Pseudopanax ferox


Pseudopanax: false cure
ferox: From the Latin ferox 'fierce', usually referring to very spiny plants

Common Name(s)

Fierce lancewood

Current Conservation Status

2012 - At Risk - Naturally Uncommon

Conservation status of New Zealand indigenous vascular plants, 2012
The conservation status of all known New Zealand vascular plant taxa at the rank of species and below were reassessed in 2012 using the New Zealand Threat Classification System (NZTCS). This report includes a statistical summary and brief notes on changes since 2009 and replaces all previous NZTCS lists for vascular plants. Authors: Peter J. de Lange, Jeremy R. Rolfe, Paul D. Champion, Shannel P. Courtney, Peter B. Heenan, John W. Barkla, Ewen K. Cameron, David A. Norton and Rodney A. Hitchmough. File size: 792KB

Previous Conservation Status

2009 - At Risk - Naturally Uncommon
2004 - Sparse


2012 - PD, Sp
2009 - CD, RF


Pseudopanax ferox Kirk



Brief Description

Small tree with a striking juvenile form consisting of down pointing roundish long narrow very tough leaves that have irregular blunt bumps along the edge which grows into a bushy small tree bearing long narrow leathery leaves that have a few teeth on the margin towards the tip and produces 8-9mm wide purple fruit.

Flora Category

Vascular - Native

NVS Species Code


The National Vegetation Survey (NVS) Databank is a physical archive and electronic databank containing records of over 94,000 vegetation survey plots - including data from over 19,000 permanent plots. NVS maintains a standard set of species code abbreviations that correspond to standard scientific plant names from the Ngä Tipu o Aotearoa - New Zealand Plants database.

Structural Class

Dicotyledonous Trees & Shrubs


Panax ferox Kirk


Endemic. North and South Islands. In the North rather patchy, known from Ahipara, Woodhill Forest (South Kaipara), the Moawhango and southern Rimutaka Range. In the S. Island more widespread but easterly from the Marlborough Sounds to Southland.


Coastal to subalpine (10-800 m a.s.l.) on consolidated sand dunes (dune forest), in grey scrub overlying pumice, on recent alluvial (coarse gravels), limestone outcrops, boulder fall, cliff faces, talus slopes and scarps. Also found as a sparse component of seasonally drought-prone but otherwise cold and wet alluvial forests. This species prefers drier habitats and conditions than P. crassifolius (Sol. ex A.Cunn.) C.Koch.


Gynodioecious small tree up to 8 m tall. Trunk slender, longitudinally deeply grooved and ridged, bark fawn, mottled grey-white, often finely encrusted with lichens. Seedling leaves patent, 15-40 x 3-6 mm, dark or light chocolate brown to almost black, linear-lanceolate, margins deeply lobed with hooked ends; sapling and unbranched juvenile leaves strongly deflexed, 100-500 x 6-15 mm, light brown mottled with fawn and white near lobes or dark chocolate brown, mottled with fawn and white near lobes, coriaceous, very thick and rigid, margins set with closely-spaced to more or less distant, broadly and broad-based, somewhat raised, rounded, prominently and sharply hooked lobes; midrib raised, 2 mm wide, leaf apex terminating in 2-6 crowded, hooked lobes; leaves at branching stage similar but shorter, sub- to ascending, sometimes more deeply and sharply lobed before passing into adult foliage. Adult leaves 50-150 x 10-20 mm, dark or light chocolate brown, oblong to linear-obovate or broadly lanceolate, narrowing to a stout petiole 10-20 mm long; apex obtuse or mucronate-apiculate, retuse, bluntly serrate to entire, veins evident above. Umbels terminal, compound, staminate and perfect umbels with 5-12 rays, 30-50 mm long; flowers more or less racemosely distributed, trending to umbellules in perfect flowers; pistillate with rays 10-30 mm long, umbellules 2-5-flowered. Stamens 4-5, ovary 5-loculed, 5-ovuled; style branches 5, fused, sometimes free at tips. Fruit 8-9 mm diameter, brown or purple-brown, ovoid, fleshy.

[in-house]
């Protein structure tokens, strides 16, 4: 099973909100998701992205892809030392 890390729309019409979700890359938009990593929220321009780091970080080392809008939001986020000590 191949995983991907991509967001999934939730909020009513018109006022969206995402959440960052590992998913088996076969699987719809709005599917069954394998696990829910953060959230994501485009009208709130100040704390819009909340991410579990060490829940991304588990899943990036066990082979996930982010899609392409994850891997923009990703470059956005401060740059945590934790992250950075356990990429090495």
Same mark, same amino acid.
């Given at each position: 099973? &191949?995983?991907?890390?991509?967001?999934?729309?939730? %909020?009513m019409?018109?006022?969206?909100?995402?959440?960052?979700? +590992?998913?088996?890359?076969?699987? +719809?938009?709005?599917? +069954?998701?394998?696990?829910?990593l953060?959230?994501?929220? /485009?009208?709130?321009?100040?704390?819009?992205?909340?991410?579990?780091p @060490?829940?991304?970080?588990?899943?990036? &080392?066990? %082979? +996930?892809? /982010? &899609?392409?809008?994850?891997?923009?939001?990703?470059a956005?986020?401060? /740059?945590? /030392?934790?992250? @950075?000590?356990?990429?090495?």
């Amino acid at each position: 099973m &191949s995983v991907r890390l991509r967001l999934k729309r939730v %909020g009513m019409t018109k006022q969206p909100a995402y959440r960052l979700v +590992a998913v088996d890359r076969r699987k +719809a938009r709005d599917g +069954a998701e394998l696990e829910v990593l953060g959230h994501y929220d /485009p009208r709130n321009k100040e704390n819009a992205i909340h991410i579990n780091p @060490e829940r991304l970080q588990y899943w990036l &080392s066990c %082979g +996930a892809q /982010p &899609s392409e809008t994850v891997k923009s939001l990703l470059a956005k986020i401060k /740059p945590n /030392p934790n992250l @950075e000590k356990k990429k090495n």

Similar Taxa

Pseudopanax crassifolius is similar but the sapling and subadult leaves are green to dark green, usually with smaller, narrow-based, straight teeth, and the adult has much broader, greener, elliptic-cuneate, lanceolate to linear-obovate, acute or obtuse, entire to sinuate or rarely coarsely serrated leaves. P. crassifolius is a much larger tree reaching up to 20 m in good conditions.


November - April


December - June

Propagation Technique

Easily grown from fresh seed and can be struck from semi-hardwood cuttings - though necessarily of adult foliage. A very tough plant that favours highly fertile but dry soils in full sun to dappled light. It can tolerate poor fertility soils as well and is drought tolerant. Juvenile foliage is exceptional and so it is well known from cultivation.


Probably warrants a higher threat listing. P. ferox is biologically sparse but it is also threatened by possum, deer and goat browse, because juvenile plants command high prices in the nursery trade accessible populations have and continue to be plundered for seedlings and ripe fruit. Hybridisation with P. lessonii (DC.) K.Koch has been reported from several northern populations, if substantiated, the long-term effect hybridism may have on the viability of P. ferox at these sites has yet to be evaluated. The most secure populations seem to be the one in the southern North Island and a few island populations in the Marlborough Sounds and those in the more remote parts of the south-eastern South Island.

Chromosome No.

2n = 48

Endemic Taxon


Endemic Genus


Endemic Family


This page last updated on 12 Dec 2014